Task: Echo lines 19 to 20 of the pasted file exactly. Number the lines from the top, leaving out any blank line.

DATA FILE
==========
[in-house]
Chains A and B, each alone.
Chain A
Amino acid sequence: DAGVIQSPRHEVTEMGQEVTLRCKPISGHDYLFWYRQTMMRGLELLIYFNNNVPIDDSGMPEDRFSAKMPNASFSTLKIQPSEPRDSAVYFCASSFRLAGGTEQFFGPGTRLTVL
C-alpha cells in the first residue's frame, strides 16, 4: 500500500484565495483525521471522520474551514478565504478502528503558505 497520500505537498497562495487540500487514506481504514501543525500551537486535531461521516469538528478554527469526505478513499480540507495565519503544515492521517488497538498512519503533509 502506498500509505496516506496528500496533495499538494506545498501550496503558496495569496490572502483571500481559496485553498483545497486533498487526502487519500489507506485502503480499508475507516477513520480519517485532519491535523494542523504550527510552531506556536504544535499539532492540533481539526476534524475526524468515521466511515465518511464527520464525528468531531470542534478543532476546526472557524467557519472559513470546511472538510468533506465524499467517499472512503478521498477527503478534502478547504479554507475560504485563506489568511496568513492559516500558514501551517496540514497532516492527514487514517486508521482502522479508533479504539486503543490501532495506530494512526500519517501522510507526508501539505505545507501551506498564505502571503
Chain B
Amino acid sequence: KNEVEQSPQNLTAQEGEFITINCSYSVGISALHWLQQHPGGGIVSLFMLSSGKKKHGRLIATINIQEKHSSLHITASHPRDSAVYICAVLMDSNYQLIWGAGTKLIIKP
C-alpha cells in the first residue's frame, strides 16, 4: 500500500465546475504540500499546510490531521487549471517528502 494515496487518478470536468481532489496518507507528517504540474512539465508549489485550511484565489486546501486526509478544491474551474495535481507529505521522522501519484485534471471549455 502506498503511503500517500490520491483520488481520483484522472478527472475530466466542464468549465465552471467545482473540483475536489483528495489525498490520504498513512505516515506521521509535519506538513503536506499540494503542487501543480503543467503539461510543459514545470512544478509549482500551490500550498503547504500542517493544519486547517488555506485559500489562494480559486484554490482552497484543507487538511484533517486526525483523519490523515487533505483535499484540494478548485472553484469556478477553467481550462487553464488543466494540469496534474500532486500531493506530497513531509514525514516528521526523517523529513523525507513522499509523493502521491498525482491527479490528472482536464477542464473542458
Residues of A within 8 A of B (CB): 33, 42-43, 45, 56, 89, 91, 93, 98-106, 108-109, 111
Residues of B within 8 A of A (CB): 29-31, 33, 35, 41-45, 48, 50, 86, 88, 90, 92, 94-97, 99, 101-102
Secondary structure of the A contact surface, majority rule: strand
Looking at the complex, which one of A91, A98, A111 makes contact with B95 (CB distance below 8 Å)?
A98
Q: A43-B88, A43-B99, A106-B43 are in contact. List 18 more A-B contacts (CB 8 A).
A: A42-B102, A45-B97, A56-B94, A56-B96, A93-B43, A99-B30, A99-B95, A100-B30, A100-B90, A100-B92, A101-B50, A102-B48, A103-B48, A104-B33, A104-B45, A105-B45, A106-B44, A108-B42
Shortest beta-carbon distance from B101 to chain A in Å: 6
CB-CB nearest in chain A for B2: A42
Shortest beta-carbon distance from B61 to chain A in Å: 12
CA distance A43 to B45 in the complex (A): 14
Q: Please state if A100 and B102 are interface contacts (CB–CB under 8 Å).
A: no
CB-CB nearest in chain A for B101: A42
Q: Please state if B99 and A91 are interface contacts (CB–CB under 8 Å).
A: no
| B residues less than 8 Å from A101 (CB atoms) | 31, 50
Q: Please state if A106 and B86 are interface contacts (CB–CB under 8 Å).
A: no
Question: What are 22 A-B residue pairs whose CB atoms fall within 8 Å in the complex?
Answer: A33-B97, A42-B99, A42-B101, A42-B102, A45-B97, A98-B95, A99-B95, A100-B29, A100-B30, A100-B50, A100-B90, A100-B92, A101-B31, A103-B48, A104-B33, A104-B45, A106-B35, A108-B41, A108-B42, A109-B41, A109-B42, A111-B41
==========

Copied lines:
CA distance A43 to B45 in the complex (A): 14
Q: Please state if A100 and B102 are interface contacts (CB–CB under 8 Å).